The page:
The process flow of vacuum carburizing optimization is as follows: First, each process condition is determined, and carburizing and quenching simulations are performed under each process condition using the heat treatment simulation program COSMAP to obtain initial vacuum carburizing process conditions and teacher signals. As the simulated process is theoretically representative of vacuum carburization's physical and chemical phenomena, these teacher signals are introduced into the neural network for learning and training. The appropriate parameter values for each cell in the neural network are determined. On the other hand, if there are few teacher signals, the results obtained in training do not match the demanded target values, so the database must be expanded. However, since the vacuum carburization simulation uses partial differential equations and finite element methods to represent physical and chemical phenomena, expanding the teacher signals by coupled analysis is pretty computationally time-consuming. Therefore, for optimal training, this paper first performs initial training using the initial database (215 pairs) obtained from the simulation, and then the process conditions of vacuum carburization given to the teacher signal are expanded by the rules of linear expansion to including the carburization temperature, diffusion temperature, time interval of each process, and carburization effects (results) are extended, and the training is performed again.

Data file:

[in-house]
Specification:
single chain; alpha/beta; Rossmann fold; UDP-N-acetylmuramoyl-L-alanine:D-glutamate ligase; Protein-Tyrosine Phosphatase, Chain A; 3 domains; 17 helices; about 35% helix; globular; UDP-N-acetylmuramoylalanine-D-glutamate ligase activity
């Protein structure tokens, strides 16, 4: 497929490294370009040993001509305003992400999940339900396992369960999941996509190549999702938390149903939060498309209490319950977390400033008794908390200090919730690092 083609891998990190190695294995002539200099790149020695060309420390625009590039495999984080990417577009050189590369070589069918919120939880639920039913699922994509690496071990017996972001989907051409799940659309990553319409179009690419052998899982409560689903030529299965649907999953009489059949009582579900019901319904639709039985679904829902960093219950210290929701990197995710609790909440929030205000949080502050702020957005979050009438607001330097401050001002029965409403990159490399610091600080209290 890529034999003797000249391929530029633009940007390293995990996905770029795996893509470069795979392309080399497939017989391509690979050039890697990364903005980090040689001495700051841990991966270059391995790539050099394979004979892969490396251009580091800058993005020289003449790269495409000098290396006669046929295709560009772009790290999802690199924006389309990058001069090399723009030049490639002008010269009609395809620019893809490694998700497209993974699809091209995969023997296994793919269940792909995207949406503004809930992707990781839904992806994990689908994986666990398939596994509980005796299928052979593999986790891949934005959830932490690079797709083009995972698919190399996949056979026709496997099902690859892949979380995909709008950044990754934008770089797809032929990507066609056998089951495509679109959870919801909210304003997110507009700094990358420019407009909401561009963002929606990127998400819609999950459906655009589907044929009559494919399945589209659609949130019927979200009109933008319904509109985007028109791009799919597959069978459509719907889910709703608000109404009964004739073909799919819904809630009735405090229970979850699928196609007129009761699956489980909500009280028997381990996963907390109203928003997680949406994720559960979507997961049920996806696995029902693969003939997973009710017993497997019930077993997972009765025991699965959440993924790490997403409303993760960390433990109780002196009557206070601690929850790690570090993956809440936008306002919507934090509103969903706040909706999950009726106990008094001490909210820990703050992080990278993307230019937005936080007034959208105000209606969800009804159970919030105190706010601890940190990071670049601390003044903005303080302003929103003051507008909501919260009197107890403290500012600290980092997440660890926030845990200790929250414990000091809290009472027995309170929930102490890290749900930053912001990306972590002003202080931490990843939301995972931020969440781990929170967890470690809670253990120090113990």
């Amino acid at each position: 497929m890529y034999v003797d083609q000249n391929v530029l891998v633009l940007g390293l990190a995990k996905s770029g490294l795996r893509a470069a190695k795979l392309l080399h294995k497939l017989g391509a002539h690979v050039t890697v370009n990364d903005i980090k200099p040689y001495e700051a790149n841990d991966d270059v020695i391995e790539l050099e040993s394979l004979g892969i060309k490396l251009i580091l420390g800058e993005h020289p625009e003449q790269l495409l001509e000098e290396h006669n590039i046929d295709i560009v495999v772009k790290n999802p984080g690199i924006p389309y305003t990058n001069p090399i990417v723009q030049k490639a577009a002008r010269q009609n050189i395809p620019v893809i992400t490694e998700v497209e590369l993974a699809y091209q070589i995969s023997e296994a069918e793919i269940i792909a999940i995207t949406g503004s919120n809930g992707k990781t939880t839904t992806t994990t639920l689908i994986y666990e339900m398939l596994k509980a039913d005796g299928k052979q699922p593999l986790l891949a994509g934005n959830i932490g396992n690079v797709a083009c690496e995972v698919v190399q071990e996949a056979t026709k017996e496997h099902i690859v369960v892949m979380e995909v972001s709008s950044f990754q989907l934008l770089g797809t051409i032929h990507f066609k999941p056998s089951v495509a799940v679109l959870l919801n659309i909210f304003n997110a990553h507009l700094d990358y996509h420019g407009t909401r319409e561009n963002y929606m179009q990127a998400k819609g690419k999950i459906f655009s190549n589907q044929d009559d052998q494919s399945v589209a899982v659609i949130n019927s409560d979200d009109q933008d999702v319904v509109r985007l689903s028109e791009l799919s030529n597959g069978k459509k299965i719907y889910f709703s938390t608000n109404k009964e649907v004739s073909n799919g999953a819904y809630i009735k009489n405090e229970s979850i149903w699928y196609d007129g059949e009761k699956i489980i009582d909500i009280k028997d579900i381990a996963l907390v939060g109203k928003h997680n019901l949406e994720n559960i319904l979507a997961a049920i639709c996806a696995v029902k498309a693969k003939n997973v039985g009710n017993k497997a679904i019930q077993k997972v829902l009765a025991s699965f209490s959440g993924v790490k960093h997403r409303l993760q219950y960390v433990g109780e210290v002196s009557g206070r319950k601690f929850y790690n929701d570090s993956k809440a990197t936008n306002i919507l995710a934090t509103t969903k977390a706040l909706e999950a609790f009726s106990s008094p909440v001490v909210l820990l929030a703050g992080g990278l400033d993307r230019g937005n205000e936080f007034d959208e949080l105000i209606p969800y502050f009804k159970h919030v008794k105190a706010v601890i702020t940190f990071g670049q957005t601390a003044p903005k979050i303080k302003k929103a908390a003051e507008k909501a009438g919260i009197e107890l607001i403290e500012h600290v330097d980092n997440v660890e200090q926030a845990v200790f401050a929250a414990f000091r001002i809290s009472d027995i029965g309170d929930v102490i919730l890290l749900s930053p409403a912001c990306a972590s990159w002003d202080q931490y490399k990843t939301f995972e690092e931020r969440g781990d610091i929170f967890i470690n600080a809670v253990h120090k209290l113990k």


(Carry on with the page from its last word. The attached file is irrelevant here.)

The extension of data is considered based on the following points. 1:The training data contains only two carburizing temperatures, 930°C and 960°C, and the diffusion temperature is the same as the carburizing temperature. Practically all combinations of temperatures between these two temperatures can be obtained based on these two temperatures, and the error is within the range allowed by machine learning; 2:To make the training results more convincing and to make the objective of the data extension clearer, three sets of experimental data with the same material and model as the training data were included in this paper so that the parameters had to be extended to include the corresponding values of the experimental data when the data was developed; 3:Because the data expansion is a complete permutation, each additional parameter value adds a large amount of total data. More total data can seriously affect the speed of data expansion and optimization of predictions. Therefore, we only partially perform the same interval data expansion in this paper. The specific expansion results are shown in Table 2.